Clinical Review

Fibromyalgia

BMJ 2014; 348 doi: http://dx.doi.org/10.1136/bmj.g1224 (Published 24 February 2014) Cite this as: BMJ 2014;348:g1224

This article has a correction. Please see:

  1. Anisur Rahman, professor1,
  2. Martin Underwood, director2,
  3. Dawn Carnes, senior research fellow3
  1. 1Department of Rheumatology, University College London, London WC1E 6JF, UK
  2. 2Warwick Clinical Trials Unit, University of Warwick, Coventry, UK
  3. 3Centre for Primary Care and Public Health, Barts and the London School of Medicine and Dentistry, London, UK
  1. Correspondence to: A Rahman anisur.rahman{at}ucl.ac.uk

Summary points

  • Symptoms of fibromyalgia are chronic widespread pain associated with unrefreshing sleep and tiredness

  • Fibromyalgia is not a diagnosis of exclusion and often occurs in patients with other conditions, such as inflammatory arthritis and osteoarthritis

  • No clear pathophysiological mechanism for fibromyalgia has been established, but evidence suggests that there is an abnormality in central pain processing

  • Diagnosing fibromyalgia can allow the patient’s polysymptomatic distress to be explained, thereby reducing fear and doubt

  • Fibromyalgia has no cure, but a range of drug and non-drug treatments can reduce symptoms and their impact on the patient’s life

  • Trial evidence for all forms of treatment in fibromyalgia generally shows only small to moderate average effects

Most doctors—particularly rheumatologists, pain specialists, and general practitioners—are familiar with patients who describe chronic pain all over the body, which is associated with a range of other symptoms including poor sleep, fatigue, and depression. This complex of symptoms is sometimes referred to as fibromyalgia. Management of patients with this condition is often complex and challenging. The diagnosis of fibromyalgia has long been controversial, with some experts questioning whether it exists as a separate entity.1 However, the symptoms and distress experienced by patients with fibromyalgia are real. The causes of fibromyalgia are incompletely understood, and optimal management is compromised by the limited evidence base for the available treatments. This article reviews current thinking about what fibromyalgia is, whether it is a useful diagnosis to make, and which drugs and non-drug treatments can be used to treat it.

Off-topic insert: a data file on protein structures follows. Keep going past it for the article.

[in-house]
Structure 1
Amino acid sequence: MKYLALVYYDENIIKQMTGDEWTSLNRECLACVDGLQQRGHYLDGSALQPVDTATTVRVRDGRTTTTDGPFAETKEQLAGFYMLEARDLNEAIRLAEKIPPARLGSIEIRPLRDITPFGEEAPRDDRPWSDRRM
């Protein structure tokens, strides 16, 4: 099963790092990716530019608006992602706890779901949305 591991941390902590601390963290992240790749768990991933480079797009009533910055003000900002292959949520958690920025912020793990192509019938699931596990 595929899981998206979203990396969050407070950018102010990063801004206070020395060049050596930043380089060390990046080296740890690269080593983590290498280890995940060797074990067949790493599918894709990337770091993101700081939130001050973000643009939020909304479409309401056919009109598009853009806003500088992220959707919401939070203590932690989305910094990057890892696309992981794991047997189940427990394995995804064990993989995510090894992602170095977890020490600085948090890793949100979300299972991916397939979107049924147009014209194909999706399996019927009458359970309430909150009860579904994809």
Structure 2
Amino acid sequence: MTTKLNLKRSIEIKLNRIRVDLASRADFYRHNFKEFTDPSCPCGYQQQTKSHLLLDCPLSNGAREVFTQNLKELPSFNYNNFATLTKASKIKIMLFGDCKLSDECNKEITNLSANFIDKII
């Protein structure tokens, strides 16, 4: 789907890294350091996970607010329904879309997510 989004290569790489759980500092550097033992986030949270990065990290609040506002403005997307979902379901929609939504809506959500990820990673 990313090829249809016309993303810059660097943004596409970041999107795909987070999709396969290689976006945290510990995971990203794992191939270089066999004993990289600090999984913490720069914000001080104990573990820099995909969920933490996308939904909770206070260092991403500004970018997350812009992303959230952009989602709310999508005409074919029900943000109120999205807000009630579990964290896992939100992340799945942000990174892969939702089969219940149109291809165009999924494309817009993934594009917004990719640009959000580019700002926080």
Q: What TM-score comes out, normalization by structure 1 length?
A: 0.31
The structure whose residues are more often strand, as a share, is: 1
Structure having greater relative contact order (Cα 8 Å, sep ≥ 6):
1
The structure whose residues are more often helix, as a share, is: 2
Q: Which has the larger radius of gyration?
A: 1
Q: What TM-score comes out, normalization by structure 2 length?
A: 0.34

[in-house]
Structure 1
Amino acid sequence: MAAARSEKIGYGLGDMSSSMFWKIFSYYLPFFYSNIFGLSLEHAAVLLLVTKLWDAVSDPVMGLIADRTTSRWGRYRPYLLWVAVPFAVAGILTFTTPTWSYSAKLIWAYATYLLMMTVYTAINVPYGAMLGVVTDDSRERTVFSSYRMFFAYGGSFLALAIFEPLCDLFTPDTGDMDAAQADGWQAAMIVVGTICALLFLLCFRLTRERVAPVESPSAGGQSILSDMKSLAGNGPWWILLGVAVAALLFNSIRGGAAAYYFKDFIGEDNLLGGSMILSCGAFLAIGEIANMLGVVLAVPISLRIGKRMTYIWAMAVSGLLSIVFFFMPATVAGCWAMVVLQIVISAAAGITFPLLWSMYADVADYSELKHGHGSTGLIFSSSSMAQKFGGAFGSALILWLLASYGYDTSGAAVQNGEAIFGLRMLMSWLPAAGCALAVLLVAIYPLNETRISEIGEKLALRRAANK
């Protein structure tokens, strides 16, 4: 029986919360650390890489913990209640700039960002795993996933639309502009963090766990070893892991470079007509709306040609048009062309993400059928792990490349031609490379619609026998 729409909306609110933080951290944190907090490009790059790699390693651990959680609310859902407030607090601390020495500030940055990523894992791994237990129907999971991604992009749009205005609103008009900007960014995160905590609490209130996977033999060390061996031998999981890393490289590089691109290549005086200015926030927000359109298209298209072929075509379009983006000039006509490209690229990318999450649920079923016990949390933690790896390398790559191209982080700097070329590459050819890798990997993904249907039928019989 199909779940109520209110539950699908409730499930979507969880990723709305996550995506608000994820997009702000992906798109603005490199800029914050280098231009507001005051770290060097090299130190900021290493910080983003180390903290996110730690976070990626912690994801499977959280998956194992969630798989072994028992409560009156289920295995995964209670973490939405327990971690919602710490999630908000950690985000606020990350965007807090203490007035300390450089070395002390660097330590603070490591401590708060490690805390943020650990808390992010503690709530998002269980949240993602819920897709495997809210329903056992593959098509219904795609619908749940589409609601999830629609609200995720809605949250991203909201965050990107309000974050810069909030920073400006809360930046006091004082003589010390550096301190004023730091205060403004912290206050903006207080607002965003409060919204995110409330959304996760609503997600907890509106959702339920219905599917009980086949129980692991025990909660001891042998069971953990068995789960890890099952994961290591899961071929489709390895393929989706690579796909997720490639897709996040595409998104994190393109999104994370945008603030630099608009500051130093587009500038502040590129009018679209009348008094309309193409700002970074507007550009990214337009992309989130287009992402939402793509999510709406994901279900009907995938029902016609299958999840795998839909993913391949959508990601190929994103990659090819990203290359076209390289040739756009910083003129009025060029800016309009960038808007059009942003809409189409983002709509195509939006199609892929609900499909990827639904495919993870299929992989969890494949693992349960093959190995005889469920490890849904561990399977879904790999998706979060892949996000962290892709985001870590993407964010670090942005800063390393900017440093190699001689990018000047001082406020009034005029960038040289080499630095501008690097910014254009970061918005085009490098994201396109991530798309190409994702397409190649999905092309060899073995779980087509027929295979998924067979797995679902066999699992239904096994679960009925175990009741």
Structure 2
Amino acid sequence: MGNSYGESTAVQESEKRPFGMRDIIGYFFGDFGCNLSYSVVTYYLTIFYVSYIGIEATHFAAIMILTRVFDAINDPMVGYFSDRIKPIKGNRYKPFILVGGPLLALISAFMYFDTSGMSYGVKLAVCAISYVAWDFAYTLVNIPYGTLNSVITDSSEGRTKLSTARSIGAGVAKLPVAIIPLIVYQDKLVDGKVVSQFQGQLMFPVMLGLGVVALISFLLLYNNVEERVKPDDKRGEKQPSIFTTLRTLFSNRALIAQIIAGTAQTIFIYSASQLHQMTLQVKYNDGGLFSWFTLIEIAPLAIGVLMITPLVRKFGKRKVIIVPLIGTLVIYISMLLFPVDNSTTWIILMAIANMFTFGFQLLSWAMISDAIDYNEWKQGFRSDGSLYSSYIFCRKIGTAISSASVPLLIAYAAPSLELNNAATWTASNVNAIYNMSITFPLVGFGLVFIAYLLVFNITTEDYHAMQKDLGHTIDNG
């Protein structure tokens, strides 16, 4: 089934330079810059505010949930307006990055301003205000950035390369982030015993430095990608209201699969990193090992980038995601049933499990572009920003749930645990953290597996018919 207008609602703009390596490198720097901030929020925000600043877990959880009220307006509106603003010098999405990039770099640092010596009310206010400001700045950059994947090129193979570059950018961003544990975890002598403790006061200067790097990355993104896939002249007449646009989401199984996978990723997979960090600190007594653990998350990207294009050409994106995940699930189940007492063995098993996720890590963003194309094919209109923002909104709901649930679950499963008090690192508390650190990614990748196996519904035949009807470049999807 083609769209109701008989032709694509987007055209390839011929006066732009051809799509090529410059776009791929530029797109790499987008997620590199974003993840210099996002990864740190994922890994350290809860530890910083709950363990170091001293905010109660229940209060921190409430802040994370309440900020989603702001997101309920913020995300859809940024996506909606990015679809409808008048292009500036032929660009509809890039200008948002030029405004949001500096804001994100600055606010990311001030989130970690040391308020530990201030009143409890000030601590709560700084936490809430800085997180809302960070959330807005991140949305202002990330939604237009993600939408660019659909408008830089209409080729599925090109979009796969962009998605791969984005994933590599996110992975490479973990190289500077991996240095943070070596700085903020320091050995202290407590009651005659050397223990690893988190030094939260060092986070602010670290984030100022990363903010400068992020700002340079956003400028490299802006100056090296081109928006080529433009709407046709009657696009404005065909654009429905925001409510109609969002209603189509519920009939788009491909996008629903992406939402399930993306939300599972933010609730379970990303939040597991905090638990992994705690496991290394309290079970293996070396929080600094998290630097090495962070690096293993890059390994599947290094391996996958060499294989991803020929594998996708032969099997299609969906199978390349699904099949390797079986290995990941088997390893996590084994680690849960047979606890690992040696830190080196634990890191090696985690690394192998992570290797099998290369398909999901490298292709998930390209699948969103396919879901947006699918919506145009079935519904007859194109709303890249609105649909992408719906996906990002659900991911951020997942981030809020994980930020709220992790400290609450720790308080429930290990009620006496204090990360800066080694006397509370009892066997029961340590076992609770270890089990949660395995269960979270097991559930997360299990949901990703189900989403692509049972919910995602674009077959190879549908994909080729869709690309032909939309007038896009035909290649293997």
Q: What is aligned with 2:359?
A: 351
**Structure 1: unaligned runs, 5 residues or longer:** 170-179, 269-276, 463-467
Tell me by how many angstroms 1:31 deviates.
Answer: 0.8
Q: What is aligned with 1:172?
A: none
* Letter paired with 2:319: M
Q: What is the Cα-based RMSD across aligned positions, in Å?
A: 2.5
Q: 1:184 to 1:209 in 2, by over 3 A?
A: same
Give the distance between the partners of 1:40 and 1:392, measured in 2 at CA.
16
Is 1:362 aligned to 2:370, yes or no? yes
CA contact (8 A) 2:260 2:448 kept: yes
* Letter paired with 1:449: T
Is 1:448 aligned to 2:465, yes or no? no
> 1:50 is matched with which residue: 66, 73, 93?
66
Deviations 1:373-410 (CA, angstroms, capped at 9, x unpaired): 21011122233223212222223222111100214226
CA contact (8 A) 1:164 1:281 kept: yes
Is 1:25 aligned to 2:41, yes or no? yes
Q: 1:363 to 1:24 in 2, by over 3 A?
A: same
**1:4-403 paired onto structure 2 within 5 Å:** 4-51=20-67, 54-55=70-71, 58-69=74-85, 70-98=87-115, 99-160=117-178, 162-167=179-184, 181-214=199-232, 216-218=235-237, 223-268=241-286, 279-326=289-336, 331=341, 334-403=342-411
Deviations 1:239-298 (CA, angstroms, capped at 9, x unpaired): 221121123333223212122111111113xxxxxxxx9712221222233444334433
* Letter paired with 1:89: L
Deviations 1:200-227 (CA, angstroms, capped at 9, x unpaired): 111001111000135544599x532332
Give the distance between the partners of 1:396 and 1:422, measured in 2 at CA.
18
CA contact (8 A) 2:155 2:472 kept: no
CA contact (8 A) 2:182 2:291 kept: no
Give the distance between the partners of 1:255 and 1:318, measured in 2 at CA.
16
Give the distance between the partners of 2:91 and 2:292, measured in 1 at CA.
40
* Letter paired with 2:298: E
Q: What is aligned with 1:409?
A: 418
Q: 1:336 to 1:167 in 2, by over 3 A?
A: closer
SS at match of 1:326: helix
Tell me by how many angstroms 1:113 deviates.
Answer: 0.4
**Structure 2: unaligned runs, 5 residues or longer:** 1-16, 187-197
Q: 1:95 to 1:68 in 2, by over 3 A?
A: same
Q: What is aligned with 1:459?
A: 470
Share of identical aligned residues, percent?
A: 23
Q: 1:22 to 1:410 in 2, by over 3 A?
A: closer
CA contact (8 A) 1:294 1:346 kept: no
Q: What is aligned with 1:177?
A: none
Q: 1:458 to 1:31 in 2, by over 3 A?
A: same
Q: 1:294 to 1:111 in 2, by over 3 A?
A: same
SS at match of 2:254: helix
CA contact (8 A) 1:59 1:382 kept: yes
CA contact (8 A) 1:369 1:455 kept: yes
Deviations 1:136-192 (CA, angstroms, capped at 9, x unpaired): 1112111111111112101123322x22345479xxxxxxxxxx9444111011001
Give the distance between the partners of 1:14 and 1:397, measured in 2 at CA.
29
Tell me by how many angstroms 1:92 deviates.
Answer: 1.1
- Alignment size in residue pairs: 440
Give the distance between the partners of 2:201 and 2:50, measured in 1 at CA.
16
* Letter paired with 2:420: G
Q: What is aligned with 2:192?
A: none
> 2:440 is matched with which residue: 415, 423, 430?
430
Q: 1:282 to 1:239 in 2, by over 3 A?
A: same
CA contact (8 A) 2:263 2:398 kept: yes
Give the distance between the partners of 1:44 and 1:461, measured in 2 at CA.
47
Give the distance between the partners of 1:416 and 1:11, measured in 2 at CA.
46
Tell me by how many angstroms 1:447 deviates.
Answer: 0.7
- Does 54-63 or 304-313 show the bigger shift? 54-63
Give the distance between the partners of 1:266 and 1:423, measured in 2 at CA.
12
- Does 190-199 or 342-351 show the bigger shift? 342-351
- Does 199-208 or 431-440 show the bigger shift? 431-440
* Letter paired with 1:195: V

Sources and selection criteria

We used recommendations from three current guidelines: those from the Canadian Pain Society, the Association of Scientific Medical Societies in Germany (AWMF, 2012; English version www.awmf.org/leitlinien/detail/ll/041-004.html), and the European League Against Rheumatism (EULAR, 2008). These were supplemented by data from current Cochrane reviews and a PubMed search for systematic reviews of drug treatment for fibromyalgia. We focused on drugs with a licence for use in the treatment of fibromyalgia in one or more major jurisdiction or drugs that are in widespread use for other indications.

What is fibromyalgia and how common is it?

In general medical practice, fibromyalgia is diagnosed in patients with chronic widespread pain and multiple muscular tender points on examination or associated symptoms of fatigue, unrefreshing sleep, or cognitive dysfunction (or a combination thereof). Many patients have both tender points and associated symptoms.

Chronic widespread pain is defined in epidemiological studies as pain for at least three months, affecting both sides of the body, both above and below the waist.2 3 Epidemiological evidence from several countries shows that it is a common problem, present in about 10% of the population.3 4 Not all of these people have fibromyalgia. The population prevalence of fibromyalgia was first measured as about 2% using consensus classification criteria for fibromyalgia published by the American College of Rheumatology (ACR) in 1990.2 3 4 5 These criteria (sensitivity 88.4%, specificity 81.1%) were simple—fibromyalgia could be diagnosed in a patient with chronic widespread pain if at least 11 of 18 specific sites on the body surface were tender to digital palpation. However, the tender point test is hard to standardise, some healthy people also have tender points, and these criteria take no account of a history of symptoms commonly seen in fibromyalgia, such as sleep disturbance and tiredness.